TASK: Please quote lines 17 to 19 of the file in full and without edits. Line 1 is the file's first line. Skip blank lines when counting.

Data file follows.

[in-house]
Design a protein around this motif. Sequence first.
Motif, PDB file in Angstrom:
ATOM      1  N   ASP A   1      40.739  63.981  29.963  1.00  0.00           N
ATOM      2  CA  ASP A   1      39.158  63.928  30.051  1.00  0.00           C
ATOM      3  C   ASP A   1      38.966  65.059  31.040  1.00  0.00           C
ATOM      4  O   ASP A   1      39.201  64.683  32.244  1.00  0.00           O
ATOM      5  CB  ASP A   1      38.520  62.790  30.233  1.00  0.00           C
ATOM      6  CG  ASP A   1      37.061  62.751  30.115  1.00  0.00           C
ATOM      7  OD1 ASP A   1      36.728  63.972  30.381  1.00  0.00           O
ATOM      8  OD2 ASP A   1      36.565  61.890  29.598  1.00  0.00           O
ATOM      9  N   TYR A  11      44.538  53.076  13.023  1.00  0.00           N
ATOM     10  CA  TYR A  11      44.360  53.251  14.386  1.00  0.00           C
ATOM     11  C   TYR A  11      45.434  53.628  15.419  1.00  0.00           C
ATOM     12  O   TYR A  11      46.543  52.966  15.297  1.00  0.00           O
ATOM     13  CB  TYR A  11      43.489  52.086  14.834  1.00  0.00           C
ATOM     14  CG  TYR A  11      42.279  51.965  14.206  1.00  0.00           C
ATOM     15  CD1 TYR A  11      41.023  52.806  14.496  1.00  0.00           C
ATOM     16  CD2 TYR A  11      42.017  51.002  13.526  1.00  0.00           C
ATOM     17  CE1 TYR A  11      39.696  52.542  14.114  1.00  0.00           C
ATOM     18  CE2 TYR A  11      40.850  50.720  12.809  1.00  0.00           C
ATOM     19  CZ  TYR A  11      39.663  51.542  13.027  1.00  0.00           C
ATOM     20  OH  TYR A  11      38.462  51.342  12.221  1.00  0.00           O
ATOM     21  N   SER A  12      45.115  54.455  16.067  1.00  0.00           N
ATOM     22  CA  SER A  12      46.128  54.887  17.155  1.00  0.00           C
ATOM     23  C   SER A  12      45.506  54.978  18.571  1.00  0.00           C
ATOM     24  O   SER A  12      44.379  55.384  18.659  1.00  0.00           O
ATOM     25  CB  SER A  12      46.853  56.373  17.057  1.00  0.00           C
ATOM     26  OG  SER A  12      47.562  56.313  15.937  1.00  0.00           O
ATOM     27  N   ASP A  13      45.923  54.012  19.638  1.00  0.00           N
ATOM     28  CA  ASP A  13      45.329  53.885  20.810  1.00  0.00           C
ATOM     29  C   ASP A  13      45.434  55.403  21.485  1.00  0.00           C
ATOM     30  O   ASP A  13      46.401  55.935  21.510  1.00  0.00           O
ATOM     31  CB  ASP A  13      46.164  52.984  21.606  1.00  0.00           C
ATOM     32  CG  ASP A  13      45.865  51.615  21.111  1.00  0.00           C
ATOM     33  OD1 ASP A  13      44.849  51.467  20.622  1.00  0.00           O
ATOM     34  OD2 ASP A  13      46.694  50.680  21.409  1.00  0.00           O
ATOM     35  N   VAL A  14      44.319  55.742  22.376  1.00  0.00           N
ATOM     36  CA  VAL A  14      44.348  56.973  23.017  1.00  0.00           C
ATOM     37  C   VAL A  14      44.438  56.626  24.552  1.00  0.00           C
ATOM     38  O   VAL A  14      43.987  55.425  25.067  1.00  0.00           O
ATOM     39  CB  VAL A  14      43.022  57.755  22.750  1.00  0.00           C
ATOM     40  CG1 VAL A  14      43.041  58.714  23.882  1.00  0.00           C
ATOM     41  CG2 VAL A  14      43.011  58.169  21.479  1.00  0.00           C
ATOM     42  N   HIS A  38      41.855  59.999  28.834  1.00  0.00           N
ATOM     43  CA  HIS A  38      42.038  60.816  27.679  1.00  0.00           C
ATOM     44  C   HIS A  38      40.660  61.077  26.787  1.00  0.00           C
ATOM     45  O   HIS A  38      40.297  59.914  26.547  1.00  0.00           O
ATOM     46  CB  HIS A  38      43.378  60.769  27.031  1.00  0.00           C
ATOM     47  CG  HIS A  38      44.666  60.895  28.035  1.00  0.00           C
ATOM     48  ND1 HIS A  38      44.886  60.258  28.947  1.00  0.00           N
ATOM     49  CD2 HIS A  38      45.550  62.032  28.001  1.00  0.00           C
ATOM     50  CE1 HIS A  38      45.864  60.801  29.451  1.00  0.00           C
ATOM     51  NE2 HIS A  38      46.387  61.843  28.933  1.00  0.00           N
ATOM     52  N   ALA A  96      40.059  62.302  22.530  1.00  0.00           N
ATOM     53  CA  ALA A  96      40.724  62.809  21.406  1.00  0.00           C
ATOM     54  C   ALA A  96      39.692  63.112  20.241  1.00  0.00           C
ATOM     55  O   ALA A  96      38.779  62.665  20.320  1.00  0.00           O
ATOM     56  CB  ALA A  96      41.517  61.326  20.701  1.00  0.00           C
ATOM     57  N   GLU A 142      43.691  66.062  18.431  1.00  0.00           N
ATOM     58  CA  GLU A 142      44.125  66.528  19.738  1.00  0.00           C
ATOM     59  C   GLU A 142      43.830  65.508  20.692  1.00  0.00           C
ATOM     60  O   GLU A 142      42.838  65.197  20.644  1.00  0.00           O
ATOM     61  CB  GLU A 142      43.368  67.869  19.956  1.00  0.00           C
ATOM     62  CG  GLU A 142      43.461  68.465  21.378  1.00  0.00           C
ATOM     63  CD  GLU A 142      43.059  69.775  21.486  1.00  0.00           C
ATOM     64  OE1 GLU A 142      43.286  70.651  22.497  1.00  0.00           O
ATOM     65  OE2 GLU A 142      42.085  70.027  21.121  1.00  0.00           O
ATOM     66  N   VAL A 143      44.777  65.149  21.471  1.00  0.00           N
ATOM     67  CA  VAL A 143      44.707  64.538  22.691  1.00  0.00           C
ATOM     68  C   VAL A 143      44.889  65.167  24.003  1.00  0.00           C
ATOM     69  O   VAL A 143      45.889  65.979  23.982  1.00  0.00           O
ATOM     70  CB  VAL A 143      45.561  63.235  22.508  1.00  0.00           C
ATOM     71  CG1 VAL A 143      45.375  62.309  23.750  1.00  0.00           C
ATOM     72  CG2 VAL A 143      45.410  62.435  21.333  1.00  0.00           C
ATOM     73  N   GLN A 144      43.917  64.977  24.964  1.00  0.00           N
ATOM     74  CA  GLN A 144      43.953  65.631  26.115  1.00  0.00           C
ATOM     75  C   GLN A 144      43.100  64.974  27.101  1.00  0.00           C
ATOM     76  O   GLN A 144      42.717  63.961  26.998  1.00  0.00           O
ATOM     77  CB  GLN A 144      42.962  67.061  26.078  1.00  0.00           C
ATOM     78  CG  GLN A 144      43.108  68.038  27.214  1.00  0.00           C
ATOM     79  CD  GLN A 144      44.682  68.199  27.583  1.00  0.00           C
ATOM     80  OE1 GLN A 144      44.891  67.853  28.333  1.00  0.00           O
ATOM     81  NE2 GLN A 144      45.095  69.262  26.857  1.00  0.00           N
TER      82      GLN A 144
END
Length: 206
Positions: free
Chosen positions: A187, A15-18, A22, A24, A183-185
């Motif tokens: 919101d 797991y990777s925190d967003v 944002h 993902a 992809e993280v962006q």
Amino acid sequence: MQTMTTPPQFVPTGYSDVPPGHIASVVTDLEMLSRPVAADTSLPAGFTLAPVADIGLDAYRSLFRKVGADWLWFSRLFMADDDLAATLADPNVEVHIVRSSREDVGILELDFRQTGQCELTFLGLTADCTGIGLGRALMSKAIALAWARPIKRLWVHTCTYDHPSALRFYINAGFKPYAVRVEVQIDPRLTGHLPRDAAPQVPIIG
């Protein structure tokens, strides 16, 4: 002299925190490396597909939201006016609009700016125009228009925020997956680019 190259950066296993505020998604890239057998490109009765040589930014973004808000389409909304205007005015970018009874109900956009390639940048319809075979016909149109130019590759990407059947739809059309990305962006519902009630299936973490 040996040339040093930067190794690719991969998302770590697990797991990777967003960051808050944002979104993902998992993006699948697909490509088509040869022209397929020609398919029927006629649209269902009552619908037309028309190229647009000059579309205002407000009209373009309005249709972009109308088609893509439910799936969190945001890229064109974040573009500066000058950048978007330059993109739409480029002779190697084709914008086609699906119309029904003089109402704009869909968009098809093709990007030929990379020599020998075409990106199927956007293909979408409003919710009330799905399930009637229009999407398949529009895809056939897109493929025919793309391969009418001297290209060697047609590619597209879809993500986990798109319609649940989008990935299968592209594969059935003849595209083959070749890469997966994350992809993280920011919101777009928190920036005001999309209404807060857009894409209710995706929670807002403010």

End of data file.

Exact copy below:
ATOM     14  CG  TYR A  11      42.279  51.965  14.206  1.00  0.00           C
ATOM     15  CD1 TYR A  11      41.023  52.806  14.496  1.00  0.00           C
ATOM     16  CD2 TYR A  11      42.017  51.002  13.526  1.00  0.00           C